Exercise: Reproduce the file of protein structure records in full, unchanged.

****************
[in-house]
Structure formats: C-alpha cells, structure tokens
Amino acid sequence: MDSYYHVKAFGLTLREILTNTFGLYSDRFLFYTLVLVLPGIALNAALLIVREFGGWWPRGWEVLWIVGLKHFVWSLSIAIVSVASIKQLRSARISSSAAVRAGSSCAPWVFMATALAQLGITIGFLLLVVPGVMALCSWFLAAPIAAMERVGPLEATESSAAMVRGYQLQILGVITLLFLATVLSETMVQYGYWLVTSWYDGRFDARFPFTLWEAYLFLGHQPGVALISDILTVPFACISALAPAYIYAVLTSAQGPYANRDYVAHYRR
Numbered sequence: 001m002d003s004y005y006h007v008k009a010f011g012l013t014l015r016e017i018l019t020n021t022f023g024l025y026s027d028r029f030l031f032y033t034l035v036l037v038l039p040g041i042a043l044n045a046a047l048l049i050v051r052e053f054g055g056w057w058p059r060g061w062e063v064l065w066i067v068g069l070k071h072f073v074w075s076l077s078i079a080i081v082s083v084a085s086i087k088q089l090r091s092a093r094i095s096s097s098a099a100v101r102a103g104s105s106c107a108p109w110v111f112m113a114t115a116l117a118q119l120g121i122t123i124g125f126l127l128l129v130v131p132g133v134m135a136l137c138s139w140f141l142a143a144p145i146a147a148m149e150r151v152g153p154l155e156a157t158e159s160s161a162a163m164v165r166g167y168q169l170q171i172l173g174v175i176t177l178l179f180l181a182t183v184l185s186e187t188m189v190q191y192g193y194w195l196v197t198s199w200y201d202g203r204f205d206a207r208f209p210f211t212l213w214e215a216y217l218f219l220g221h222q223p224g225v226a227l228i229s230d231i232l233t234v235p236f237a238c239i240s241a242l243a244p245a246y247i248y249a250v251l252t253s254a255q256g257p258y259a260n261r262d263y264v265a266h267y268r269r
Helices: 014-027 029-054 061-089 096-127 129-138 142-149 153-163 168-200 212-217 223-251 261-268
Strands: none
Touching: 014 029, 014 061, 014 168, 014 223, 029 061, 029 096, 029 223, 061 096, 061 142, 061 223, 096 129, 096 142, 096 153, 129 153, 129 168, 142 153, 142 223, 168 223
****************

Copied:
[in-house]
Structure formats: C-alpha cells, structure tokens
Amino acid sequence: MDSYYHVKAFGLTLREILTNTFGLYSDRFLFYTLVLVLPGIALNAALLIVREFGGWWPRGWEVLWIVGLKHFVWSLSIAIVSVASIKQLRSARISSSAAVRAGSSCAPWVFMATALAQLGITIGFLLLVVPGVMALCSWFLAAPIAAMERVGPLEATESSAAMVRGYQLQILGVITLLFLATVLSETMVQYGYWLVTSWYDGRFDARFPFTLWEAYLFLGHQPGVALISDILTVPFACISALAPAYIYAVLTSAQGPYANRDYVAHYRR
Numbered sequence: 001m002d003s004y005y006h007v008k009a010f011g012l013t014l015r016e017i018l019t020n021t022f023g024l025y026s027d028r029f030l031f032y033t034l035v036l037v038l039p040g041i042a043l044n045a046a047l048l049i050v051r052e053f054g055g056w057w058p059r060g061w062e063v064l065w066i067v068g069l070k071h072f073v074w075s076l077s078i079a080i081v082s083v084a085s086i087k088q089l090r091s092a093r094i095s096s097s098a099a100v101r102a103g104s105s106c107a108p109w110v111f112m113a114t115a116l117a118q119l120g121i122t123i124g125f126l127l128l129v130v131p132g133v134m135a136l137c138s139w140f141l142a143a144p145i146a147a148m149e150r151v152g153p154l155e156a157t158e159s160s161a162a163m164v165r166g167y168q169l170q171i172l173g174v175i176t177l178l179f180l181a182t183v184l185s186e187t188m189v190q191y192g193y194w195l196v197t198s199w200y201d202g203r204f205d206a207r208f209p210f211t212l213w214e215a216y217l218f219l220g221h222q223p224g225v226a227l228i229s230d231i232l233t234v235p236f237a238c239i240s241a242l243a244p245a246y247i248y249a250v251l252t253s254a255q256g257p258y259a260n261r262d263y264v265a266h267y268r269r
Helices: 014-027 029-054 061-089 096-127 129-138 142-149 153-163 168-200 212-217 223-251 261-268
Strands: none
Touching: 014 029, 014 061, 014 168, 014 223, 029 061, 029 096, 029 223, 061 096, 061 142, 061 223, 096 129, 096 142, 096 153, 129 153, 129 168, 142 153, 142 223, 168 223